Abstract 427: Flow Regulation of YAP/TAZ in Endothelial Inflammation and Atherosclerosis
The focal nature of atherosclerotic lesions in regions such as arterial branch points and curvatures suggests a regulatory mechanism by local hemodynamic environment. Recent studies have demonstrated significant roles of Yes-associated protein (YAP) and Transcriptional coactivator with PDZ-binding motif (TAZ) in mediating mechano-transduction and vascular homeostasis. However, the mechanism by which YAP/TAZ modulates endothelial phenotypes in response to atheroprone vs. atheroprotective hemodynamic flows remains unknown. The objective of this study is to investigate the functional role of YAP/TAZ in the flow regulation of endothelial inflammation and the consequential development of atherosclerotic lesions.
Experiments were conducted on cultured vascular endothelial cells (ECs) and atherosclerotic mouse model. We found that exposure of ECs to the atheroprone oscillatory shear stress (OS) results in YAP/TAZ activation and translocation into EC nucleus to upregulate the target genes, including connective tissue growth factor (CTGF) and cysteine-rich angiogenic inducer 61 (Cyr61). In contrast, the atheroprotective laminar shear stress suppresses YAP/TAZ. Consistent with these in vitro results, ex vivo analysis of mouse arteries demonstrated a more nuclear localization of YAP/TAZ and elevated levels of CTGF and Cyr61 in the endothelium in atheroprone areas than in atheroprotective areas. Functionally, YAP/TAZ knockdown significantly attenuated the OS- and cytokine-inductions of pro-inflammatory adhesion molecules in ECs and monocytes, as well as the consequential monocyte adhesion to ECs. Overexpression of constitutively active YAP increases endothelial inflammation and monocyte adhesion to ECs. Furthermore, in vivo blockade of YAP/TAZ translation by Morpholino oligos in apolipoprotein E-deficient mice significantly reduced endothelial inflammation, mononuclear cell infiltration, and the size of atherosclerotic plaques.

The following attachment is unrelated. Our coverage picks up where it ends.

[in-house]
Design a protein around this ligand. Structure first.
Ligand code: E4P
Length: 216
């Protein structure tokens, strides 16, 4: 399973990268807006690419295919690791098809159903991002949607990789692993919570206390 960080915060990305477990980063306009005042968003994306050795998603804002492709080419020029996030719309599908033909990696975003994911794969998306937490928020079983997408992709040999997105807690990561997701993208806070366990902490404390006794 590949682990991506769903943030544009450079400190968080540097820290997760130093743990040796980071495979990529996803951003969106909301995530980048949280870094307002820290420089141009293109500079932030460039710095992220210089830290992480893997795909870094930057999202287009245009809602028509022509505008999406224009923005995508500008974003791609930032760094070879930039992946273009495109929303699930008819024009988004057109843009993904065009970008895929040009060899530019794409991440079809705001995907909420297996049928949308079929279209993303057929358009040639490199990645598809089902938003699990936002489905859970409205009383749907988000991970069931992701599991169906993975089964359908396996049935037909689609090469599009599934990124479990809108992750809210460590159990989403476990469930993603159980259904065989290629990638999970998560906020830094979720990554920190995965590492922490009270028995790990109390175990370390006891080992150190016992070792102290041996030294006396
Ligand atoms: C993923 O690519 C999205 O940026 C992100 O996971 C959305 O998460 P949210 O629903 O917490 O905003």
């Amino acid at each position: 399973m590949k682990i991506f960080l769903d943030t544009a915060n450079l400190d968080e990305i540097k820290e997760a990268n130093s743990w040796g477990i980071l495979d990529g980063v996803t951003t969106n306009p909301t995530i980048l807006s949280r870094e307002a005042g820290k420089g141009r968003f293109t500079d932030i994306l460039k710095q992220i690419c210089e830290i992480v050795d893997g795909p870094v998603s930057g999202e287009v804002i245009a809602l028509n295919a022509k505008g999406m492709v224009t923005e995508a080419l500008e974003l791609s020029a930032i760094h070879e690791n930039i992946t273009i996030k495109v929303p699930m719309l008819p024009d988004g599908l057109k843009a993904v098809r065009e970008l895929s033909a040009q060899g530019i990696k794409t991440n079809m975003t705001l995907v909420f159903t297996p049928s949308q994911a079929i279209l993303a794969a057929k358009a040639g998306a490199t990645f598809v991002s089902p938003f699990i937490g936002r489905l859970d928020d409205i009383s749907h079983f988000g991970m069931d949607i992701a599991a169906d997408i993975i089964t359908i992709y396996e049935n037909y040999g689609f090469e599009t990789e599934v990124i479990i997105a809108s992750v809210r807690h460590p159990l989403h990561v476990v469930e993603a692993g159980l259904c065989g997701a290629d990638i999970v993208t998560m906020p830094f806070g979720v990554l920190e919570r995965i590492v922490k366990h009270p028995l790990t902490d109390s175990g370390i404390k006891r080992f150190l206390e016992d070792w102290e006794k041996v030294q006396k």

Our results demonstrate a critical role of YAP/TAZ activation by atheroprone flow in promoting endothelial inflammation and the development of atherosclerotic lesions. Therefore, inhibition of YAP/TAZ activation may hold promise as a novel atheroprotective therapeutic strategy.
Author Disclosures: K. Wang: None. P. Nguyen: None. E. Limqueco: None. Y. Li: None. S. Chien: None.
- © 2015 by American Heart Association, Inc.